Police evidence-gatherer foiled by anti-militarist propaganda

Police evidence-gatherer foiled by anti-militarist propaganda

Leaflets were given to hotel guests and visitors, explaining that companies which supply the Israeli army who killed an estimated 1500 people in recent attacks on Gaza were showing off their wares and cutting deals in their hotel.

Many were shocked and upset to learn of what was happening in the hotel and made complaints to the manager. One guest took a number of leaflets back into the hotel to give out to other customers while another told us that when she asked hotel staff what the event was about, she was told they weren’t allowed to tell her!

Despite being informed that they were trespassing and being asked to leave by a nervous hotel manager, apparently under instruction from the police, the south wales anarchists continued to ensure that anyone going in or out of the hotel knew that profiteers from war were doing business in their hotel.

Meanwhile, as all police attention was focused at the front of the hotel, they totally missed posters and ‘blood’ covered dolls being left inside the hotel in protest against this Welsh Assembly supported arms fair. Doh! We think Aerolink 2010 may be actively looking for a new venue…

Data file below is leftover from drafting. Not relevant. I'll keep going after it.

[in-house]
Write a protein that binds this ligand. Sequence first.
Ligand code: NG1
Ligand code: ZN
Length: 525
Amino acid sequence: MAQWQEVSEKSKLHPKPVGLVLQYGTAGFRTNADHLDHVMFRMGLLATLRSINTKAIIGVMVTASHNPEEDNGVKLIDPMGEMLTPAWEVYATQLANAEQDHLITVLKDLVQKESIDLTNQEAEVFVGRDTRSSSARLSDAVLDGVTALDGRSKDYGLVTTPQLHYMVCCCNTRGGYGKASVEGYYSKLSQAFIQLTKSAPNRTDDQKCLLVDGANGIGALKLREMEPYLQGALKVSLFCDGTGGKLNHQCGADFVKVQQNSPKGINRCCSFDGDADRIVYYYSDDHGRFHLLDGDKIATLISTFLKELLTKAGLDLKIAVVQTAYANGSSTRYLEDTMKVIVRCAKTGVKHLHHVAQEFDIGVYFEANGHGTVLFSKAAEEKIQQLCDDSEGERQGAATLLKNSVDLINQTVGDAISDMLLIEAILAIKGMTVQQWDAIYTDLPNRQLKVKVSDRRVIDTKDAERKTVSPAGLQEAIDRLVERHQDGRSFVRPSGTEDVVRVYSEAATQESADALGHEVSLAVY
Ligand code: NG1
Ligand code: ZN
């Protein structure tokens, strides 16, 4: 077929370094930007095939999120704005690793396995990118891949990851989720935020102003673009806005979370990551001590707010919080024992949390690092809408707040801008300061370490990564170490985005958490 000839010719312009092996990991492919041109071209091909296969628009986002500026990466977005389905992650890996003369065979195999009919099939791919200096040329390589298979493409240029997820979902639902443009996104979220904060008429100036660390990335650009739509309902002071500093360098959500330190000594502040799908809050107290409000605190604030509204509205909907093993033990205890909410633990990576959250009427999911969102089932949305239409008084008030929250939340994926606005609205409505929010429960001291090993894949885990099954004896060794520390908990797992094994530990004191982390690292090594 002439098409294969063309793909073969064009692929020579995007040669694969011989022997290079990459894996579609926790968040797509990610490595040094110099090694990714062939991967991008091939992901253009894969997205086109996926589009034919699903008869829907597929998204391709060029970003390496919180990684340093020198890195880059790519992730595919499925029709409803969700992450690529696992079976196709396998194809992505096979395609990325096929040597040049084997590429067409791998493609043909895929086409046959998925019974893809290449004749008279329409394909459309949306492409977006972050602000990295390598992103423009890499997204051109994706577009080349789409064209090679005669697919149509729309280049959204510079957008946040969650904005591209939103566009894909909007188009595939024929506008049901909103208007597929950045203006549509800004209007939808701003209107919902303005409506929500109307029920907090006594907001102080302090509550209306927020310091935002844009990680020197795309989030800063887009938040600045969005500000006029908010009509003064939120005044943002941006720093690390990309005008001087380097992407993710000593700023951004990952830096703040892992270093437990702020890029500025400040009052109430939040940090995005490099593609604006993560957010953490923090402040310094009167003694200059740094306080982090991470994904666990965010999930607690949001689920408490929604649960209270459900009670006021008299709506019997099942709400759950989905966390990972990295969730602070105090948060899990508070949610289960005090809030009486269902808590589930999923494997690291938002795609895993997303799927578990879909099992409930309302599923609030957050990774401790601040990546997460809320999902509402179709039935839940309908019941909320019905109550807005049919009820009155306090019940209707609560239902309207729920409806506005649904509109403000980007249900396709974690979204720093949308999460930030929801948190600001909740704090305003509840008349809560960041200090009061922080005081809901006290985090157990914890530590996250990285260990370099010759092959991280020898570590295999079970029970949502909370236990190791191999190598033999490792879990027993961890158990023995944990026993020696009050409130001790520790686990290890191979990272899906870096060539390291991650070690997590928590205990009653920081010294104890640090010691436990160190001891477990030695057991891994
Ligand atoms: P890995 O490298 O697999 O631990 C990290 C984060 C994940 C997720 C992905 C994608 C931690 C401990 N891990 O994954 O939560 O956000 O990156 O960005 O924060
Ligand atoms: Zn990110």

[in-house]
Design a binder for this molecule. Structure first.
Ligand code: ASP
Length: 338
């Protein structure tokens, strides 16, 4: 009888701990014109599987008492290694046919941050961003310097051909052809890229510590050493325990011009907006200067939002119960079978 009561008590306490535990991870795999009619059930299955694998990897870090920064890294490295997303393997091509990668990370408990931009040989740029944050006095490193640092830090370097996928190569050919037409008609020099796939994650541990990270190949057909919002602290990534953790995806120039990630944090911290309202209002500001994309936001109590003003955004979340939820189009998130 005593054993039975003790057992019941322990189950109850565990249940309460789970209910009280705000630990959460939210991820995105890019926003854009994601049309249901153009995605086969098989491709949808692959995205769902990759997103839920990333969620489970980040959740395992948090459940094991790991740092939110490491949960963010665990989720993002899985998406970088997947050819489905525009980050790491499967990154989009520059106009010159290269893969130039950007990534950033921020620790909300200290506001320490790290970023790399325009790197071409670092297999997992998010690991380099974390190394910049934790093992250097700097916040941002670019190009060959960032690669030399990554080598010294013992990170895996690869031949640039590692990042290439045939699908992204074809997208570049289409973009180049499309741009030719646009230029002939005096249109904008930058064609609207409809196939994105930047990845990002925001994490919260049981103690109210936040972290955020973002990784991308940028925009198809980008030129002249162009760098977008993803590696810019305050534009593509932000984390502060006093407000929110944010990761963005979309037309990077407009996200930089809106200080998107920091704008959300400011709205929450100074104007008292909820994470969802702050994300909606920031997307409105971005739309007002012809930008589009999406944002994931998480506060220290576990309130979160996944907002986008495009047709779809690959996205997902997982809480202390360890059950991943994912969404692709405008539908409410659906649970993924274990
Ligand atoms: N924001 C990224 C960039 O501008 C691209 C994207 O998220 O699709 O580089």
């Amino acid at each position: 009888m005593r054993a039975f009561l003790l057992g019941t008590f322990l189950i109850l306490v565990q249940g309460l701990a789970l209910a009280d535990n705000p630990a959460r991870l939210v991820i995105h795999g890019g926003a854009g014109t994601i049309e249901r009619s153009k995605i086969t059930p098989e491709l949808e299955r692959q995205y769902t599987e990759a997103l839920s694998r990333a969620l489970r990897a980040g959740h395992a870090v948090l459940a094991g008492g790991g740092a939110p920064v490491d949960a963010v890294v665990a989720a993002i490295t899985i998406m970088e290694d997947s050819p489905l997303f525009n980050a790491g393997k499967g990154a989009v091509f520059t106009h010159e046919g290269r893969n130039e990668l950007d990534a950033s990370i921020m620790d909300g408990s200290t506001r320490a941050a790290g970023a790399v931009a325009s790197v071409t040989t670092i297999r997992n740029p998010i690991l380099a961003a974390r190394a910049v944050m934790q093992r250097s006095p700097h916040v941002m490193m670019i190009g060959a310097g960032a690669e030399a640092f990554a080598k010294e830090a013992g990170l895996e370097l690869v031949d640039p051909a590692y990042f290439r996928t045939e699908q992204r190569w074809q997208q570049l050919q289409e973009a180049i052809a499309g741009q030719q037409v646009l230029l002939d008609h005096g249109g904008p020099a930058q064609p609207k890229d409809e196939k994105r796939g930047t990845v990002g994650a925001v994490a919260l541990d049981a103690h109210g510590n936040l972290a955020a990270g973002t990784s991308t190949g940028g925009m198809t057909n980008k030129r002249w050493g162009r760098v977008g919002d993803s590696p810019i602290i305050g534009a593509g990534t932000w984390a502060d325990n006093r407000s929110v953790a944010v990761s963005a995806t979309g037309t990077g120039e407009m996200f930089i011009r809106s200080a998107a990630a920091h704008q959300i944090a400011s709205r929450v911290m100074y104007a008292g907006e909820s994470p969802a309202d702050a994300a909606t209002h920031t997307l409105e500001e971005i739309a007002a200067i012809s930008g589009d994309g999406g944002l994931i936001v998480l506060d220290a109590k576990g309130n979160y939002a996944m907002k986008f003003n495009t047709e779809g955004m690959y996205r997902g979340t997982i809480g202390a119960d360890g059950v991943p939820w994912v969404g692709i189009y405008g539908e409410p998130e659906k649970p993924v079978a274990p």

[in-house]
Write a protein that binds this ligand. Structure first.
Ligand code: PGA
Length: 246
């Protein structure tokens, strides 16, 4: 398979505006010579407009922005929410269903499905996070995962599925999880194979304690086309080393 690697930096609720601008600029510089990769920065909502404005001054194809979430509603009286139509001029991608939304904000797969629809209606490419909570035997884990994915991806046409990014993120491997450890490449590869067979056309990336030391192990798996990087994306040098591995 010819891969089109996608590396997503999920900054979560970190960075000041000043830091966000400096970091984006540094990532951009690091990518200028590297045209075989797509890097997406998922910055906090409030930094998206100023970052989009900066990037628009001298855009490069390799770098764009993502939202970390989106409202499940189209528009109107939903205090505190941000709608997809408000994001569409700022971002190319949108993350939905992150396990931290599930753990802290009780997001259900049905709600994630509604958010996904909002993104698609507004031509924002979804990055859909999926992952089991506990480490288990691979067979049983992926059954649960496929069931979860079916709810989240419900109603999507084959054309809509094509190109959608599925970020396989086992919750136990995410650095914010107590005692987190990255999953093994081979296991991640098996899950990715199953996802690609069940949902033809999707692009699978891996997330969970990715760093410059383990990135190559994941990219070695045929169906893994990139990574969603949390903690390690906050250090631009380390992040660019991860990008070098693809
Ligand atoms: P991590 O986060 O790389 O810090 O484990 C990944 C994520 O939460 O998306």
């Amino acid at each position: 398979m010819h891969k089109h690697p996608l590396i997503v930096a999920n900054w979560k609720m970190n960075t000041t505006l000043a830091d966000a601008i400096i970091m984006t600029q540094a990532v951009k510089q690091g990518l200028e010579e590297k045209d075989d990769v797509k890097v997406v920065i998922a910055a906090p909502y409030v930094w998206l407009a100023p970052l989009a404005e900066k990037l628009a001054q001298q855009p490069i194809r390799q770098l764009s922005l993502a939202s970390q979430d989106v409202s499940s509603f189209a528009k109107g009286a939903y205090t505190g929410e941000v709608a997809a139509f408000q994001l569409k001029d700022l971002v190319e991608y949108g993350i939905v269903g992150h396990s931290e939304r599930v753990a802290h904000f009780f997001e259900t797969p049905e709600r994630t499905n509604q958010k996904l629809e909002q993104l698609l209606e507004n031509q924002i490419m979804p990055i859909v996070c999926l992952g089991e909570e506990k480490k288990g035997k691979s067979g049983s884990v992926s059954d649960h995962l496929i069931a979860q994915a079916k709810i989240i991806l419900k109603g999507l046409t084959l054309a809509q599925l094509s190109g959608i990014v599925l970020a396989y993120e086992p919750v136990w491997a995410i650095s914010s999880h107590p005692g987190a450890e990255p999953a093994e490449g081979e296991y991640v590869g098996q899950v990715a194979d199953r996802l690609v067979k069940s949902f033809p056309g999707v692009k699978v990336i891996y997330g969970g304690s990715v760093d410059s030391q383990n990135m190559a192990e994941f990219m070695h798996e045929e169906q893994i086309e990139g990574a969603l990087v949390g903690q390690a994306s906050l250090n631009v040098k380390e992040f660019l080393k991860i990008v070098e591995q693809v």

Doh!

Doh!

Anarchists fight with police…and win!!!

From our G-20 Meltdown correspondent

We’ve had a great day. It’s been fantastic! We said we’d storm the bank and we did. They couldn’t stop us. We broke through the police lines and the royal bank of Scotland was trashed.  We’ve won! We’ve done what we said we would. It feels fantastic. We’ve had a brilliant day!

rbs-smashedWe estimate numbers of demonstrators at 8,000. The police were saying about 4,000 in Threadneedle St alone so add on a few thousand to that.

The journalists caused horrendous problems. When we wanted to get through police lines, they were pushing back against us. They were real nerds. They kept pushing in between us and the cops, which was a real problem because when the police were hitting people the journalists were stopping us getting to the injured. Their presence was also stopping demonstrators from going through police lines. In terms of numbers there, half were protestors and half journalists.

The police have used batons on people. They’ve used horses but not for charging. It’s been baton charges. It is arguable that they were less aggressive because the press was there. They could’ve been more aggressive. It could’ve have been worse. Whether the presence of the press tempered them is a possibility.

 

For more news direct from the streets, check out Indymedia.

Check out this brilliant sequence of photos of the day.